Only 0.01 percent of the population is believed to have perfect pitch, or the ability to immediately identify individual notes and then repeat them. It's an ability that prior research has indicated can only be acquired early in life, when the brain is developing and still has plasticity. But researchers at Harvard University have made a remarkable discovery: a simple pill that has the ability to reset the brain and allow anyone who takes it to achieve perfect pitch as an adult, reports MedicalXpress.

The drug in question is none other than Valproate, a HDAC inhibitor already commonly prescribed as a mood stabilizer. Researchers studying the drug's effects on adult mice found that it caused them to be able to learn things that mice can normally only learn during the first few weeks of life. This discovery prompted researchers to study whether the drug would have similar effects on human subjects.

For the study, 24 young male volunteers with little or no musical background (none of them had perfect pitch) were asked to take Valproate for 15 days while watching videos that are believed to promote the learning of perfect pitch. All of the volunteers that were given the drug (i.e., excluding those that were given a placebo) were found to have improved their performance on tests that determine perfect pitch. Though none of the volunteers actually achieved perfect pitch, the study shows that the drug certainly has the potential to promote the ability.

It's an extraordinary finding that could have ramifications beyond musical ability. Since the drug appears to offer a reset switch of sorts, reverting the brain to that of a child, it could potentially help people acquire a medley of traits as adults which they missed their window to attain as children. For instance, young children are also able to acquire languages much easier than adults can.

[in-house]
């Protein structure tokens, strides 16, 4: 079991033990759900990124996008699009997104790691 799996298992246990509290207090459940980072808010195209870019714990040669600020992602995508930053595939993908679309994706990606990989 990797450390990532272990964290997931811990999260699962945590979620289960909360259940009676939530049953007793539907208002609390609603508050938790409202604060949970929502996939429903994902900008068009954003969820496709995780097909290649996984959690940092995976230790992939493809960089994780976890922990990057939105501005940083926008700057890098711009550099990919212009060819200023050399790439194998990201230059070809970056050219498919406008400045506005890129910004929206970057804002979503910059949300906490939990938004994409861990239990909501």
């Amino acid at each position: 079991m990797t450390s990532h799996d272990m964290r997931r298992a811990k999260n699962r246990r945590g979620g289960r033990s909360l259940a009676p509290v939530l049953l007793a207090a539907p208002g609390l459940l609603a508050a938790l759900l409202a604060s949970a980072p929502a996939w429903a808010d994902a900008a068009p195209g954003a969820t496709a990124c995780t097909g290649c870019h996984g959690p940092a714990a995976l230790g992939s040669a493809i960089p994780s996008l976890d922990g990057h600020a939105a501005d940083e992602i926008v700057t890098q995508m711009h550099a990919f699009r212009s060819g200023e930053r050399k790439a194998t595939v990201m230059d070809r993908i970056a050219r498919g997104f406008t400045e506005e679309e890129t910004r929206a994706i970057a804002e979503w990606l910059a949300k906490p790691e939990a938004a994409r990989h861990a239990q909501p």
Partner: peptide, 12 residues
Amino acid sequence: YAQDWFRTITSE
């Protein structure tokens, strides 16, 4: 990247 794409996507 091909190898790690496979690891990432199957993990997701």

Even if the drug only works at promoting perfect pitch specifically, it's still a groundbreaking discovery. Scientists have been working for centuries to find a 'natural' way to teach adults the ability, to no avail. Those gifted with perfect pitch are often believed to possess a grab bag of innate musical talents, such as the ability to play an instrument simply by listening to songs played on it by other people, or the ability to sing the note C, for example, without hearing it first.

In other words, Valproate could potentially be used as a magical pill that turns those who take it into musical geniuses.

Unfortunately, Valproate also carries with it an assortment of undesirable side effects, so aspiring Mozarts are not advised to self-medicate. But researchers hope that further study will eventually lead to safer and more effective treatments, potentially culminating in the development of a specialized pill for perfect pitch.

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